“Facial attractiveness has been studied extensively, but little research has examined the stability of facial attractiveness of individuals across different stages of development. We conducted a study examining the relationship between facial attractiveness in infants (age 24 months and under) and the same individuals as young adults (age 16-18 years)using infant and adult photographs from high school yearbooks. Read More
“Because men of higher genetic quality tend to be poorer partners and parents than men of lower genetic quality, women may profit from securing a stable investment from the latter, while obtaining good genes via extrapair mating with the former. Only if conception occurs, however, do the evolutionary benefits of such a strategy overcome its costs. Accordingly, we predicted that (a) partnered women should prefer attached men, because such men are more likely than single men to have pair-bonding qualities, and hence to be good replacement partners, and (b) this inclination should reverse when fertility rises, because attached men are less available for impromptu sex than single men. Read More
“A novel loading method was applied to explore selective effects of externally added weight (W), weight and inertia (W+I), and inertia (I) on maximum counter-movement jumps (CMJ) performed with arm swing. Externally applied extended rubber bands and/or loaded vest added W, W+I, and I corresponding to 10-40% of subjects’ body mass. As expected, an increase in magnitude of all types of load was associated with an increase in ground reaction forces (GRF), as well as with a decrease in both the jumping performance and power output. Read More
“Eight subjects participated in a subjective experiment of eight conditions to investigate the effects of heated seats in vehicles on skin temperature, thermal sensation and thermal comfort during the initial warm-up period. The experimental conditions were designed as a combination of air temperature in the test room (5, 10, 15, or 20 °C) and heated seat (on/off). Read More
He did what? Innnnteresting…
Thorough scientific study has revealed that lots of supposed vices can have surprising upsides: alcohol, sex, caffeine. Thanks to UC Berkeley researchers, we can now add another so-bad-but-oh-so-good habit to the list: Gossip, their new study suggests, can be a selfless act of public service.
Surreptitiously passing along the news that someone has behaved badly—what’s technically called “prosocial gossip”—can relieve stress, as well as warn others to regard the rule-breaker with a wary eye, the researchers say. (The study didn’t look directly at other forms of gossip—rumormongering, telling lies, anything said to a confessional cam on reality TV—so make of that what you will.)
A brief telephone interview to identify lesbian and bisexual women in random digit dialing sampling.
“Lesbian health research has most often relied on nonprobability samples that are biased and restrict generalizability. Random sampling could reduce bias, but requires development of a method for fast and reliable screening of a large number of women. We tested the feasibility of using a brief telephone interview to assess sexual attraction, behavior, and identity. Read More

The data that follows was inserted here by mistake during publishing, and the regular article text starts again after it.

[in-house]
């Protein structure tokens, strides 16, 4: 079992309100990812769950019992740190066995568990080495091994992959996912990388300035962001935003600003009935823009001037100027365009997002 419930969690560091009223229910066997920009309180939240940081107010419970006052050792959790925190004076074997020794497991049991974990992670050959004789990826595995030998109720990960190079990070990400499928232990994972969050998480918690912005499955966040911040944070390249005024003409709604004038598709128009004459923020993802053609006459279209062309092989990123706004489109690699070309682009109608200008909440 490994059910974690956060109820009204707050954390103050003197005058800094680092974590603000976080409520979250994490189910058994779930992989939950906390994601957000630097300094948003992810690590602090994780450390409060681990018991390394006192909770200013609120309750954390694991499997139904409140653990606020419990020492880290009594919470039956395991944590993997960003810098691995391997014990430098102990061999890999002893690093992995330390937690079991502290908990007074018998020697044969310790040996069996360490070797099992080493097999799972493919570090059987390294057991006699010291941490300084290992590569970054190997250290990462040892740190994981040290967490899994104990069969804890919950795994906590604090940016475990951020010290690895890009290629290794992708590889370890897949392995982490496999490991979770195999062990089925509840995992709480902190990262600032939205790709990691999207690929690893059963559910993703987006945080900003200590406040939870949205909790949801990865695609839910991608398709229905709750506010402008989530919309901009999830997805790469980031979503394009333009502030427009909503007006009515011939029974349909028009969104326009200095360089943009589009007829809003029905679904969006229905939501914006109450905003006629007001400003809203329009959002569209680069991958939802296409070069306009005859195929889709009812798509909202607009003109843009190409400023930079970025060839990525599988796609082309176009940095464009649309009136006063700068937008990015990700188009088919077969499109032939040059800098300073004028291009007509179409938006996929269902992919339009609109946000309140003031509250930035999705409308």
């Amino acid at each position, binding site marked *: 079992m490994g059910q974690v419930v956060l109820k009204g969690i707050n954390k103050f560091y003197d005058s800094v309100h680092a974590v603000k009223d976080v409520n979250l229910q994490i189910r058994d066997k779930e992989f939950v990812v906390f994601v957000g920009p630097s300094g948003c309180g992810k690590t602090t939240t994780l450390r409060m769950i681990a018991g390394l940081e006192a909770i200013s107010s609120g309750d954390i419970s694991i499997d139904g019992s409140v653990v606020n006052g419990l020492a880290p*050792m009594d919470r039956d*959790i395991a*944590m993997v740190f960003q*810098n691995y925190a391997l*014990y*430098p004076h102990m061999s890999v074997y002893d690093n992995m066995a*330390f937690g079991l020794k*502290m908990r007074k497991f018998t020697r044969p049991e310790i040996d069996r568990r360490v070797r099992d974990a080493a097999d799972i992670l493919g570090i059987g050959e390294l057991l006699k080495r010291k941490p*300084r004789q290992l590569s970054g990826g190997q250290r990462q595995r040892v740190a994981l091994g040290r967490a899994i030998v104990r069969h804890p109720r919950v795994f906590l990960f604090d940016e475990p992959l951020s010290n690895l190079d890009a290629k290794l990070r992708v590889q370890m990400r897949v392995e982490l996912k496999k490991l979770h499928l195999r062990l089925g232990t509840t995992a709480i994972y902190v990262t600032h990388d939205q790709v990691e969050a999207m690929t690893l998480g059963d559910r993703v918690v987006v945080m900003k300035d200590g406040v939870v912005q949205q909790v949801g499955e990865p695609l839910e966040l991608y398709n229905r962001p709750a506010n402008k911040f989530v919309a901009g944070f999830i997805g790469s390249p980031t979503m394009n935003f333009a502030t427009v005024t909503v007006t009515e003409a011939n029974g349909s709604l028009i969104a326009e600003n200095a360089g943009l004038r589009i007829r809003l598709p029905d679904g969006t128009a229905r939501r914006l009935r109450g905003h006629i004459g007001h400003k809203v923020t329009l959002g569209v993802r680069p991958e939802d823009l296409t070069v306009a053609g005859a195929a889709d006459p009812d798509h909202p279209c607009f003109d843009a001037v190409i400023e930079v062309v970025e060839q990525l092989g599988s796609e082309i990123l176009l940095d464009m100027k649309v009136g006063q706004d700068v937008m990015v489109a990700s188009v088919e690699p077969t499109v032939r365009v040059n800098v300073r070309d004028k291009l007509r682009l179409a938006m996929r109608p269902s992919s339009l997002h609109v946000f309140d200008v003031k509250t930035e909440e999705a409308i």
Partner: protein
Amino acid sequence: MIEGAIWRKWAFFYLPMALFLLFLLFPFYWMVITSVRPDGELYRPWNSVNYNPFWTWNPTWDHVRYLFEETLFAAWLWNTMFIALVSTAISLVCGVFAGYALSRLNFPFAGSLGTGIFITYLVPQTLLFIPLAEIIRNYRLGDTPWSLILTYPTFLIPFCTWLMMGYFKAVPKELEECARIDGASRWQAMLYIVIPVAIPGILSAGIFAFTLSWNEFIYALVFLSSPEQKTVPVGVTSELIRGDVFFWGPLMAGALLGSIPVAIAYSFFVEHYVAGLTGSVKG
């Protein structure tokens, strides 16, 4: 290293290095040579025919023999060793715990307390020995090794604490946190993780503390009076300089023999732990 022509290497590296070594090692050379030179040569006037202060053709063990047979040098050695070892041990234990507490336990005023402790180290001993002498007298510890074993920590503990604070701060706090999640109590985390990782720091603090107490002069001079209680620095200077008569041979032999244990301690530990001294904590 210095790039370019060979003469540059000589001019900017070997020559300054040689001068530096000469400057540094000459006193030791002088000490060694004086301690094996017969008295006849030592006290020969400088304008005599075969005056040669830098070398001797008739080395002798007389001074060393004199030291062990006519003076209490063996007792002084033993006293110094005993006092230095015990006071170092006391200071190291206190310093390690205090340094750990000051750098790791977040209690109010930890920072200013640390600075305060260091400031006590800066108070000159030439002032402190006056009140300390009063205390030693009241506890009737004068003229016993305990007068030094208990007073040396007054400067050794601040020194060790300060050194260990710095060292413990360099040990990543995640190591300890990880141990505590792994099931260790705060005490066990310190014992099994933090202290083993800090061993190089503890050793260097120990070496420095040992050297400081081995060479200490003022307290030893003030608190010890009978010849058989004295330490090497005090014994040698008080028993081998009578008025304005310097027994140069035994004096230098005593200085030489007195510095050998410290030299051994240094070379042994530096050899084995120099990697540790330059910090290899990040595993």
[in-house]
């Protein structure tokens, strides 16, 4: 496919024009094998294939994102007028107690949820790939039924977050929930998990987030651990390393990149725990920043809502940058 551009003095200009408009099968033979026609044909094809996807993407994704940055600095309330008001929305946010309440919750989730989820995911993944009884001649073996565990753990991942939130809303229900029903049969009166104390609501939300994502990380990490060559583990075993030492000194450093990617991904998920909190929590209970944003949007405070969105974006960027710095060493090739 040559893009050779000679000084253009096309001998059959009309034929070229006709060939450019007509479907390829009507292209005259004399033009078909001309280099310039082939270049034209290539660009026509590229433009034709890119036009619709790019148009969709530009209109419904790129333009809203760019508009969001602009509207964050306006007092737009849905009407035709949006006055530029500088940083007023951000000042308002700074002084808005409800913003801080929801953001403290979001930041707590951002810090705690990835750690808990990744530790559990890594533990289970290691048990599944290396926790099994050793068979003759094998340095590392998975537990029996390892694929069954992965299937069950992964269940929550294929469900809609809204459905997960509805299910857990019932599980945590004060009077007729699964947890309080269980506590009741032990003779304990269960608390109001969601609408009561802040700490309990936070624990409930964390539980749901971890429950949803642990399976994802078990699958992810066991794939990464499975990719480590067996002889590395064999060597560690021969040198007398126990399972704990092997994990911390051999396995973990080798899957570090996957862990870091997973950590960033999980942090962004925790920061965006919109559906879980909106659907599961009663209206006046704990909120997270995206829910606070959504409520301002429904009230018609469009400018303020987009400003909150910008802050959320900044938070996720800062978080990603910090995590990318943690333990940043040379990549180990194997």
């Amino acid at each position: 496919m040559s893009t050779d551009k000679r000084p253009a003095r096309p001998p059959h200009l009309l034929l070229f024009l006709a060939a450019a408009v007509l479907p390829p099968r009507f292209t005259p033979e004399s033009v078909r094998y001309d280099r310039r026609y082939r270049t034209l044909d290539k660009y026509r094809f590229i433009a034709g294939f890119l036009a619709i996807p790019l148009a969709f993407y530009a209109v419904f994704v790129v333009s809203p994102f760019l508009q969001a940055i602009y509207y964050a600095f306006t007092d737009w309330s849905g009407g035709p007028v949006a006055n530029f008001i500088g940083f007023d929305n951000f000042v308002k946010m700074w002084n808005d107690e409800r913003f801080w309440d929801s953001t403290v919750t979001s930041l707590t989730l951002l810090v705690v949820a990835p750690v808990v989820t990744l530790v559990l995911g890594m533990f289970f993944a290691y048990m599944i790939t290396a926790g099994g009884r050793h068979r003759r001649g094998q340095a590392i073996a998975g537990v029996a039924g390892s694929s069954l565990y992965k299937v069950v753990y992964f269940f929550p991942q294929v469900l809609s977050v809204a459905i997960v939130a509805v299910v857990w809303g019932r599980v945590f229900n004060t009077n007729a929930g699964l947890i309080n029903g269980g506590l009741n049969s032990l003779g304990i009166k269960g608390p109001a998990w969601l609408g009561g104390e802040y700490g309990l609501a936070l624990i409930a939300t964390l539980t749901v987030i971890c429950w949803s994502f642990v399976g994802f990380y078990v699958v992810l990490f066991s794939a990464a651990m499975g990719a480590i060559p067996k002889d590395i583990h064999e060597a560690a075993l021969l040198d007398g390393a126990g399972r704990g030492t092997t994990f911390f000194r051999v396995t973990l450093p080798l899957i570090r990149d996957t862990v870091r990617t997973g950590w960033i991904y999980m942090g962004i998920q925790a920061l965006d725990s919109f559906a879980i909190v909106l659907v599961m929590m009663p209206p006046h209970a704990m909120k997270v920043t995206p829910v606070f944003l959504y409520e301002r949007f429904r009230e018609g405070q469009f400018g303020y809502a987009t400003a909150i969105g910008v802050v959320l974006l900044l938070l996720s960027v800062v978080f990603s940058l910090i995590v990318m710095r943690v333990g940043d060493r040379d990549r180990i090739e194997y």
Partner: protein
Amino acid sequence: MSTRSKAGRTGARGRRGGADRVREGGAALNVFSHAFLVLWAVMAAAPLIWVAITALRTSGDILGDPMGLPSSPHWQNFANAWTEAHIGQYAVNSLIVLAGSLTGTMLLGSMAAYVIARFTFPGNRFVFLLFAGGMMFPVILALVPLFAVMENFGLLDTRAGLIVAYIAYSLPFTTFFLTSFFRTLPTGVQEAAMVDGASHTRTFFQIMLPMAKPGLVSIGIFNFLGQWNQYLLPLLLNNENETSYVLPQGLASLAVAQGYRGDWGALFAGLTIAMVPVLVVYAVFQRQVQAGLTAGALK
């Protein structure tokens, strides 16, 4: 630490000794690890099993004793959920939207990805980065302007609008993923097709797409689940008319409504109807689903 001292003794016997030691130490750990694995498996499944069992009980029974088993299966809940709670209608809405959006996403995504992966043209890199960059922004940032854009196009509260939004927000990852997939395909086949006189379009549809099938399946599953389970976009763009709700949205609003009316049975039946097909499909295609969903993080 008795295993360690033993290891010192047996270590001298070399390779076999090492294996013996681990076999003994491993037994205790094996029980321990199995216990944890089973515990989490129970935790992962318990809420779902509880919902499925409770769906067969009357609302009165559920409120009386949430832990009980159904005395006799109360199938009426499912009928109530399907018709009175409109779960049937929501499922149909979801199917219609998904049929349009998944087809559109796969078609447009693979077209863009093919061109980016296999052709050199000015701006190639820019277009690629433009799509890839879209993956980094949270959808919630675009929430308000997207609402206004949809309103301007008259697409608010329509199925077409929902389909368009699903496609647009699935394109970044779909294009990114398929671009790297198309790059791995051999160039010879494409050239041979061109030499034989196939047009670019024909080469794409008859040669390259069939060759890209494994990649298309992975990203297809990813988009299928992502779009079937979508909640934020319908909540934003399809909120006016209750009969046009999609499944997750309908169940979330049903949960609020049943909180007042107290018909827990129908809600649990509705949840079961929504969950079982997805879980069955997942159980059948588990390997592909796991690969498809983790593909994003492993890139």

“Although forgetting is often regarded as a deficit that we need to control to optimize cognitive functioning, it can have beneficial effects in a number of contexts. We examined whether disrupting memory for previous numerical responses would attenuate repetition avoidance (the tendency to avoid repeating the same number) during random number generation and thereby improve the randomness of responses. Read More
“The hypothesis that sexual attitudes, as measured by the Sexual Opinion Survey, are related to the explicitness with which nude figures are drawn was examined. The presence or absence of various sexual and nonsexual anatomical features, as well as length and width measurements, were assessed in the drawing of nudes by 17 male and 23 female undergraduates. Read More
“Intestinal bacteria form two gases, hydrogen (H2) and methane (CH4), that could constitute a fire hazard in a closed chamber. So H2 and CH4 pass from the anus but these gases are also transported by the blood to the lungs and removed to the atmosphere. Several factors affect gas formation: 1) amount and kind of fermentable substrate; 2) abundance, types, and location of microflora; and 3) psychic and somatic conditions that affect the gut. Read More
High school kids armed with rolls of toilet paper usually mean there’s going to be a mess on someone’s lawn. A group of Massachusetts students, who had amassed a stockpile of more than 10 miles of toilet paper, could have been the terror of the neighborhood—had they not put their arsenal towards a more cerebral purpose: folding it 13 times. Folding toilet paper hardly sounds like an accomplishment, particularly to those of us who are long since potty trained, but try folding a spare sheet (of any paper) and see how many folds you can manage; until recently, folding paper more than seven times was thought to be mathematically impossible.
But these high schoolers (and their enthusiastic math teacher) crunched the numbers and got to folding, nearly doubling the long-assumed limit and surpassing the 2002 record of 12 folds. The resulting structure stood two-and-a-half feet tall and was made of 8192 layers of toilet tissue. Just in case 2-ply wasn’t enough.
[via New Scientist]